1-N-naphthylphthalamic acid and 2,3,5-triiodobenzoic acid : In-vitro binding to particulate cell fractions and action on auxin transport in corn coleoptiles

Planta. 1973 Dec;109(4):337-52. doi: 10.1007/BF00387102.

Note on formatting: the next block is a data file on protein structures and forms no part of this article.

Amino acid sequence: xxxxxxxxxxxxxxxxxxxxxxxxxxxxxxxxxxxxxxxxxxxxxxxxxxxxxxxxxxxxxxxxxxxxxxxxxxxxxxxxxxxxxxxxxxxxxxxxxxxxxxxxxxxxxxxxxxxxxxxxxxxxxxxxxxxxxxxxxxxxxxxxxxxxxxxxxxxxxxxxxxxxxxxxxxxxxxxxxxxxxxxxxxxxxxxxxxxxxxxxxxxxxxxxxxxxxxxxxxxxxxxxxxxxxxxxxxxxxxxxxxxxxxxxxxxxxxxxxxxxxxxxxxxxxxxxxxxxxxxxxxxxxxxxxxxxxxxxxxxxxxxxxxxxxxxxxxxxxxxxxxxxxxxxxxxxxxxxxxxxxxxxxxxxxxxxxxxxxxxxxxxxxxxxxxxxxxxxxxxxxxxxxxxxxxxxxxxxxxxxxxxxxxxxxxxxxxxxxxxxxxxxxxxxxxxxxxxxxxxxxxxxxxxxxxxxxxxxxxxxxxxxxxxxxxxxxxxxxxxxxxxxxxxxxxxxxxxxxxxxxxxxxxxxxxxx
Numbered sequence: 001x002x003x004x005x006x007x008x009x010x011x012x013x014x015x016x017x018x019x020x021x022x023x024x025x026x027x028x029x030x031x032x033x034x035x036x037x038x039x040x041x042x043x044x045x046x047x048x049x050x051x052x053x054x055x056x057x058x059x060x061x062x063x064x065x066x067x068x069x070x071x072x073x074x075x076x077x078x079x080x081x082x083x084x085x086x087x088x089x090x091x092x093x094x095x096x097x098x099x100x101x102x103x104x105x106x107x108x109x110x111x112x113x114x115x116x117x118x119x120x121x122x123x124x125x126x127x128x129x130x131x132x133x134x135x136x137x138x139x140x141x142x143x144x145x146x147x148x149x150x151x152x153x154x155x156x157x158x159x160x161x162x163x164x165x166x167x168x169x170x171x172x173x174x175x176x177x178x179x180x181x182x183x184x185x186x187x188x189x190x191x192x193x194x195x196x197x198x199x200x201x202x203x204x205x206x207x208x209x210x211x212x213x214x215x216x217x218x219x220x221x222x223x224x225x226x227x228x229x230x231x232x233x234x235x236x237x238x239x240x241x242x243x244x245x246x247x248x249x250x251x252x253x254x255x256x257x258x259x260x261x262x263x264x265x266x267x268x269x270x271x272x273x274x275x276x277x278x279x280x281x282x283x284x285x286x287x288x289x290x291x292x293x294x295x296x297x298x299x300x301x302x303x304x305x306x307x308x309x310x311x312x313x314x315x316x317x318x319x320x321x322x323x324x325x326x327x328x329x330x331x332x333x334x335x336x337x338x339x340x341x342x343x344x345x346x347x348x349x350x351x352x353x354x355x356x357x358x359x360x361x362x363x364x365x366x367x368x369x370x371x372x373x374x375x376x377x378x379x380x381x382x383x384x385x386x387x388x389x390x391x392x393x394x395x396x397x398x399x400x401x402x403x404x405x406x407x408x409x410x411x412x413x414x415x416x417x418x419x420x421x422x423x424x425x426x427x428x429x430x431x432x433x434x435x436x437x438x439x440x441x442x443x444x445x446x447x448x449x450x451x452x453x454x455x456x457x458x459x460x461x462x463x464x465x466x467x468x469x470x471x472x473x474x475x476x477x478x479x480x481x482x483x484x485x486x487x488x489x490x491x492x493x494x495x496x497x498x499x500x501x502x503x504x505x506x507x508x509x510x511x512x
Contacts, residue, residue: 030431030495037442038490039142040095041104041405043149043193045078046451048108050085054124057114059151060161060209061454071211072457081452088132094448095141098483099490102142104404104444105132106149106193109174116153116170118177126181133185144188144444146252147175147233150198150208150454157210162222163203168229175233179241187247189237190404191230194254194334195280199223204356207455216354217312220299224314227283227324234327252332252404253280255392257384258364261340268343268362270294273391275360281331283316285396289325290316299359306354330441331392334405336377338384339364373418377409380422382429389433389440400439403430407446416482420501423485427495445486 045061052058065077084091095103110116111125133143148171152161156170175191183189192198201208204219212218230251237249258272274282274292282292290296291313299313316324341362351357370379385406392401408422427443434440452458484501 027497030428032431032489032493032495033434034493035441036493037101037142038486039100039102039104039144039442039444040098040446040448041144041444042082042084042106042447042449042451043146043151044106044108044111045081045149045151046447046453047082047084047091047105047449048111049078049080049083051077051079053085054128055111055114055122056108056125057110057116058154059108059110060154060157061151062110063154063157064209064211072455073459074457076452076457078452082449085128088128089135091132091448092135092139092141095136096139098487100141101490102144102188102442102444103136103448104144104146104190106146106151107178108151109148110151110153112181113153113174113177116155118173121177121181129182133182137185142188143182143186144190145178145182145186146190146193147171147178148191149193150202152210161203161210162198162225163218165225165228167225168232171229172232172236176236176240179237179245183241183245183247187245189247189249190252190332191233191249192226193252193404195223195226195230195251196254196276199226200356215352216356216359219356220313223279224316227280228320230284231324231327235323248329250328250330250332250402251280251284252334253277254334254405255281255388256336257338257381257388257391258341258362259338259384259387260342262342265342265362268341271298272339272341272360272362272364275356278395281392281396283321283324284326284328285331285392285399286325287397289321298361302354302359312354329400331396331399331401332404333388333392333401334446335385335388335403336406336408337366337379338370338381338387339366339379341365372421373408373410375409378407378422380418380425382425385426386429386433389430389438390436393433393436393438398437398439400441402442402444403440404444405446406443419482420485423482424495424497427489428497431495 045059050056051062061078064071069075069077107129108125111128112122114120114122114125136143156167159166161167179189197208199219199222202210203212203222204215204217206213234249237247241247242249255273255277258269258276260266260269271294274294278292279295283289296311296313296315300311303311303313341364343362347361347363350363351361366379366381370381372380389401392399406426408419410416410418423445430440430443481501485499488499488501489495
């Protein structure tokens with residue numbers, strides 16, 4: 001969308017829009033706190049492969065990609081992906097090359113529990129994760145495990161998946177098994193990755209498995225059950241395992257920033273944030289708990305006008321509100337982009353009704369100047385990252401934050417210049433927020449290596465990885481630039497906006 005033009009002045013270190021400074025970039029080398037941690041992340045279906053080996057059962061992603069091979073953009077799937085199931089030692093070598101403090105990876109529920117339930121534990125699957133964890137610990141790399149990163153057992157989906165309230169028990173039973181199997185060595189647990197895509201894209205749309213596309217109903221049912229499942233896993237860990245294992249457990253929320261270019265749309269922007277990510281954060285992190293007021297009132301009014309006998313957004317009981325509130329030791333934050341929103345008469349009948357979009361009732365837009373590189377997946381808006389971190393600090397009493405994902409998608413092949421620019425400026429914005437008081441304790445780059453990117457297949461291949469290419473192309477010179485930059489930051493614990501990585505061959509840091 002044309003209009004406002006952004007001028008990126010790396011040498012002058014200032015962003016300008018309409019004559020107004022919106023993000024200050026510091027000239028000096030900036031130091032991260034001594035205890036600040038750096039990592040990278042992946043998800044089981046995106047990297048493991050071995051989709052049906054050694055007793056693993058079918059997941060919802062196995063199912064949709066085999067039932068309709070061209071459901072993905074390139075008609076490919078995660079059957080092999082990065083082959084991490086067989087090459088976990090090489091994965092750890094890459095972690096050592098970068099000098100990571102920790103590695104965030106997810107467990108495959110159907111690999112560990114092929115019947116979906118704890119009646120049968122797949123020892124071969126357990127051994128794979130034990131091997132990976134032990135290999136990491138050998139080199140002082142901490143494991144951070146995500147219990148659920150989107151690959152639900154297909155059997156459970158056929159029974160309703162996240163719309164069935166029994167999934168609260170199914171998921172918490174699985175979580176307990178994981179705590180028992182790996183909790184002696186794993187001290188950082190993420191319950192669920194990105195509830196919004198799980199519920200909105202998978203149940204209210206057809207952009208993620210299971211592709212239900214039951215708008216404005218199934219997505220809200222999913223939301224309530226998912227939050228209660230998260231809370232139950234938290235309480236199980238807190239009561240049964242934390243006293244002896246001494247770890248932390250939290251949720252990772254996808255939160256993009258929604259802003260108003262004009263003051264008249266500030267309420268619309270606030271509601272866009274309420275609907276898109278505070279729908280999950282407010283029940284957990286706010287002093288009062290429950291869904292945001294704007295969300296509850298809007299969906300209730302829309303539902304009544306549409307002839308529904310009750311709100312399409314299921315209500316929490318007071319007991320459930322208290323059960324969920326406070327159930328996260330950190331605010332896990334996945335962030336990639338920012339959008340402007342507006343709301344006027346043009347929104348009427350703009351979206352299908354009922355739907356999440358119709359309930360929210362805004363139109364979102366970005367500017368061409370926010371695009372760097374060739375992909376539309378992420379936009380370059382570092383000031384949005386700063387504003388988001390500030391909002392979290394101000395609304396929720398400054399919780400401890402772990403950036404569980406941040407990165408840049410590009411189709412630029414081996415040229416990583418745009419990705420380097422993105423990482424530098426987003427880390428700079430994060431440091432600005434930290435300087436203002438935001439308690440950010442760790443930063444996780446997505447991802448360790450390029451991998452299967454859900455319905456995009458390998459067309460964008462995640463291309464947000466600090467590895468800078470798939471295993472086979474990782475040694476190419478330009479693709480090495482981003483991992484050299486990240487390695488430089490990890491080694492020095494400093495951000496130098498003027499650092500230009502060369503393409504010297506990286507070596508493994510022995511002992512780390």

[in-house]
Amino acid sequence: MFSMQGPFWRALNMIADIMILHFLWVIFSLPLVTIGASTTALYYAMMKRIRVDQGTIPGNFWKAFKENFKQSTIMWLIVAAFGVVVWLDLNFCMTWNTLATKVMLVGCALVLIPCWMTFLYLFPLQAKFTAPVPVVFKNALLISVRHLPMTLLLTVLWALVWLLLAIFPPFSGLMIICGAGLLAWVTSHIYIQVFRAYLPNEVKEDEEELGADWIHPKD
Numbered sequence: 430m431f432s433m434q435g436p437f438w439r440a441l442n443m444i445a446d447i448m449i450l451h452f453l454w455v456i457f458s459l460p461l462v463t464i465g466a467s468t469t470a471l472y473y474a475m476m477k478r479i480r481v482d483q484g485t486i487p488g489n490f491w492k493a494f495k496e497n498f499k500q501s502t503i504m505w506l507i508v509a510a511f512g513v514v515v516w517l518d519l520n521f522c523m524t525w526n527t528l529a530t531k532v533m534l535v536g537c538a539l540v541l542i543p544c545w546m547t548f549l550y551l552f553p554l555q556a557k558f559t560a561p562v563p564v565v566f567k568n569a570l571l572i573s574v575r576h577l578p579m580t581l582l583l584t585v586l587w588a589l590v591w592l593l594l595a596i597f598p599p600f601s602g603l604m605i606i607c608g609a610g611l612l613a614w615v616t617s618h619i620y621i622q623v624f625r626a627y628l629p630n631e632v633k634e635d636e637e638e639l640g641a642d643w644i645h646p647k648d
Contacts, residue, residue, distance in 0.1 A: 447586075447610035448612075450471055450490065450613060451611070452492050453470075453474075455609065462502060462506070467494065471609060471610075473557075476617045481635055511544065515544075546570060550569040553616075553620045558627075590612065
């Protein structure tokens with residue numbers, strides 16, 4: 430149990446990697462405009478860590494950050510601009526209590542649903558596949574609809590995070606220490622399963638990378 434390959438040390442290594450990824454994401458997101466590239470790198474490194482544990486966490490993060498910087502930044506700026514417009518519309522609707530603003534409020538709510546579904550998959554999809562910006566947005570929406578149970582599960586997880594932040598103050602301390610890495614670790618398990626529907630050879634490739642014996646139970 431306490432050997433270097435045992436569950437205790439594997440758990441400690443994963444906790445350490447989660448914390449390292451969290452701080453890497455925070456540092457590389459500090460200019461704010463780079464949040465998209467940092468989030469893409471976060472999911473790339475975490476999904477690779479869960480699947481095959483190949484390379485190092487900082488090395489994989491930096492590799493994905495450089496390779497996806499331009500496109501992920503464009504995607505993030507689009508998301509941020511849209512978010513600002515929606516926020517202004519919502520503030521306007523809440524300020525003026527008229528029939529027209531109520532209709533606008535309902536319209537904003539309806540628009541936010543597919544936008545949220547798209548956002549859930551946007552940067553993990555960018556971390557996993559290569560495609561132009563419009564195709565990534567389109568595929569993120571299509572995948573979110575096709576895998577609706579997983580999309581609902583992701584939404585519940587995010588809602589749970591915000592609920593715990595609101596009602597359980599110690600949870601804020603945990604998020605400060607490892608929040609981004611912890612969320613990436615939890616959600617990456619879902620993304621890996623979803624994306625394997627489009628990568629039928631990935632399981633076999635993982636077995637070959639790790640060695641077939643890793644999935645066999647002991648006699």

Auxin transport in corn coleoptile sections was inhibited by 2,3,5-triiodobenzoic acid (TIBA) as well as by 1-N-naphthylphthalamic acid (NPA); this inhibition was effected within 1 min of application.A particulate cell fraction-presumably plasma-membrane vesicles-specifically binds NPA and properties of these binding sites were studied using (3)H-NPA and a pelletting technique. The saturation kinetics of the physiological NPA effect, i.e. the inhibition of auxin transport, is similar to that of the specific in-vitro NPA binding. Half saturation of the inhibitory effect was found with about 5×10(-7) M TIBA and with 10(-7) M NPA. Both substances also decreased the speed of movement of auxin pulses within coleoptile sections.NPA dissociates from its binding site when the particulate cell material is centrifuged through an NPA-free cushion. The NPA that is washed from its binding site can be used in another binding test without any apparent change and is chromatographically unaltered. Therefore, the NPA binding is probably reversible and non-covalent. Inhibition of auxin transport by TIBA or NPA could also be reversed when the coleoptile sections were washed in buffer.The movement of (131)I-TIBA in corn coleoptiles appears to be polar in a basipetal direction. Higher concentrations of indoleacetic acid or TIBA inhibited this polar movement, suggesting that TIBA moves in the same channels as auxin. With (3)H-NPA, however, no polar transport could be detected. Together with the in-vitro binding results, these data indicate that TIBA acts directly at the auxin receptor while NPA has a different receptor site.The effect of TIBA and NPA on elongation, with or without auxin, is neglegible in comparison to their effects on auxin transport.